In detail, symmetry was considered in the centre of the particle (x = 0); the boundary condition at the particle surface includes the possibility of external mass transfer limitation, as the flux in the film must be equal to the intraparticle diffusion rate at x = 1 (no accumulation is considered). This aspect is seldom considered in the published models in this field.

For highly exothermic or endothermic reactions, temperature gradients can become important. Hence, it is necessary to implement both mass and energy balances to investigate the intraparticle temperature profiles and their influence on the concentration profiles inside the catalyst particle.

Energy balance is written as follows [24],

$$\left({c}_{p,p}{\rho}_{p}(1-\epsilon )+{\displaystyle \sum _{i=1}^{{N}_{c}}{c}_{p,i}{C}_{i}\epsilon}\right)\frac{\partial T}{\partial t}={x}^{-2}\frac{\partial}{\partial x}\left(\frac{{k}_{T,p}}{{R}_{p}^{2}}\frac{\partial T}{\partial x}{x}^{2}\right)-{\displaystyle \sum _{j=1}^{{N}_{R}}{\mathsf{\Omega}}_{k}{\Delta}_{r}{H}_{j}}{\rho}_{p}{r}_{j}$$

It should be noted that the temperature dependences of density, specific heat and diffusivity are assumed to be negligible to simplify the calculations, particularly because in the present study no specific chemical system was considered, as the model is based on generic terms.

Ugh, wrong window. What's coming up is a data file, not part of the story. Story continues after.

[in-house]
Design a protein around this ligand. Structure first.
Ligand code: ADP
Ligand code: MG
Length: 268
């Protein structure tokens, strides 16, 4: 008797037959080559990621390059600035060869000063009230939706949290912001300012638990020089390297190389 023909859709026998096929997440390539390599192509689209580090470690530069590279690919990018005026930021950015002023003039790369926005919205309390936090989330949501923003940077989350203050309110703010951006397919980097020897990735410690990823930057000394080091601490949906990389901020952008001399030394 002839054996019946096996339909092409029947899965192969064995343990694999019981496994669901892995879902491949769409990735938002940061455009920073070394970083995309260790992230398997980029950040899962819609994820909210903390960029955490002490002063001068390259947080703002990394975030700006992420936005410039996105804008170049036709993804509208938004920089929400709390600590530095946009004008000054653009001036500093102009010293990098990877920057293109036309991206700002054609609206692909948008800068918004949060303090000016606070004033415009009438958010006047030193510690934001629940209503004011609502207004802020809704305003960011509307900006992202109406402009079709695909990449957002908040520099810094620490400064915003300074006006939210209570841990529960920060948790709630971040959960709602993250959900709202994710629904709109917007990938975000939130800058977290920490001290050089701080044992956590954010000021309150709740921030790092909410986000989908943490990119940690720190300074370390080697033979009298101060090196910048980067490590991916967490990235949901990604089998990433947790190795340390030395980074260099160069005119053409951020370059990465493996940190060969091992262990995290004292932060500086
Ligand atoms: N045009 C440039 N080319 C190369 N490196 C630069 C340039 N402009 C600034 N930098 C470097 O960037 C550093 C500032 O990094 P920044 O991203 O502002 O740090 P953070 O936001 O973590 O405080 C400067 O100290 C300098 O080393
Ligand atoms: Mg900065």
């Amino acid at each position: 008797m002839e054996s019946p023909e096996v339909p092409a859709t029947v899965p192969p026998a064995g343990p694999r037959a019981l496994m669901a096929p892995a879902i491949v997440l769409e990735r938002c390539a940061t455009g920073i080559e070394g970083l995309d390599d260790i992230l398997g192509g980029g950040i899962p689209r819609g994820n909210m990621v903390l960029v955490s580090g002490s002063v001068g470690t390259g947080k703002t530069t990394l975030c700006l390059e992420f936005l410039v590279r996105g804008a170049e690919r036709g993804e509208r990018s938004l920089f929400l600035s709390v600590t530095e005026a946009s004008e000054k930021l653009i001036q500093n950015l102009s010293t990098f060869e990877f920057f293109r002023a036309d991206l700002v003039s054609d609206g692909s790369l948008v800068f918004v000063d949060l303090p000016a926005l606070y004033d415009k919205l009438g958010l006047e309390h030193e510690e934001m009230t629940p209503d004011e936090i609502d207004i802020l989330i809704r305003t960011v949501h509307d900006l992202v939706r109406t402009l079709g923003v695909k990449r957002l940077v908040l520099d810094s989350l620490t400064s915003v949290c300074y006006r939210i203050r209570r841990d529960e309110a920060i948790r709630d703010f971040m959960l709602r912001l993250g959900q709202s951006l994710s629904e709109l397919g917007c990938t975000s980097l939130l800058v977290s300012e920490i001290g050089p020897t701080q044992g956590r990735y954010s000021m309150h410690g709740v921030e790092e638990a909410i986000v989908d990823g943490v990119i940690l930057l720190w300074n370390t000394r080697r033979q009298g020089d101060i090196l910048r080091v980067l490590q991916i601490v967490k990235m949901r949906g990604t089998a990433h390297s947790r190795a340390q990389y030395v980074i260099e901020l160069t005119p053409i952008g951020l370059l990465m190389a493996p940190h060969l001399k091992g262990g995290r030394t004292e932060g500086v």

The boundary conditions needed to solve the energy balance are reported in Equation (11).

$$\{\begin{array}{l}{\frac{\partial T}{\partial x}|}_{x=0}=0\\ \frac{{k}_{T,p}}{{R}_{p}}{\frac{\partial T}{\partial x}|}_{x=1}=h\left({T}_{o}-{T|}_{x=1}\right)\end{array}$$

The external thermic resistance is not neglected at this stage. The Chilton–Colburn analogy was implemented as it provides an easy relationship between the heat and mass transport coefficients in the fluid bulk, Equation (12).

$$h=\frac{{k}_{m}}{{D}_{e}}{\left(\frac{\rho {D}_{eff}{c}_{p,f}}{{k}_{T,f}}\right)}^{1/3}{k}_{T,f}$$

The reference reaction network being studied is

$$\mathrm{A}\stackrel{{r}_{1}}{\to}\mathrm{B}\stackrel{{r}_{2}}{\to}\mathrm{C}$$

Both reactions are assumed to be described by first order kinetics, and the temperature dependences of the kinetic constants are described with the modified Arrhenius law,

$${r}_{1}={k}_{1}{C}_{A}={k}_{ref1}{e}^{-\frac{{E}_{a1}}{R}\left(\frac{1}{T}-\frac{1}{{T}_{ref}}\right)}{C}_{A}$$

$${r}_{2}={k}_{2}{C}_{B}={k}_{ref2}{e}^{-\frac{{E}_{a2}}{R}\left(\frac{1}{T}-\frac{1}{{T}_{ref}}\right)}{C}_{B}$$

The stoichiometric matrix for the system is given by Equation (15),

$${\nu}_{ij}=\left[\begin{array}{cc}-1& 0\\ 1& -1\\ 0& 1\end{array}\right]$$

The Thiele modulus for a first-order reaction rate can be roughly estimated by Equation (16),

$${\phi}_{j}={R}_{p}\sqrt{\frac{{\rho}_{p}{k}_{j}}{{D}_{eff}}}$$

It is possible to calculate two Thiele moduli for the proposed reaction network; nevertheless, only φ_{1} was considered, as A→B is the desired reaction. This calculation does not account for the specific distribution.

The catalytic efficiency is determined by Equation (17),

$$\eta =\frac{3}{{\phi}^{2}}\left(\phi \mathrm{coth}\left(\phi \right)-1\right)$$

The model was implemented in Matlab R2018b, solving the partial differential equations system using the built-in pdepe function, fixing 50 grid points for the dimensionless particle radius coordinate.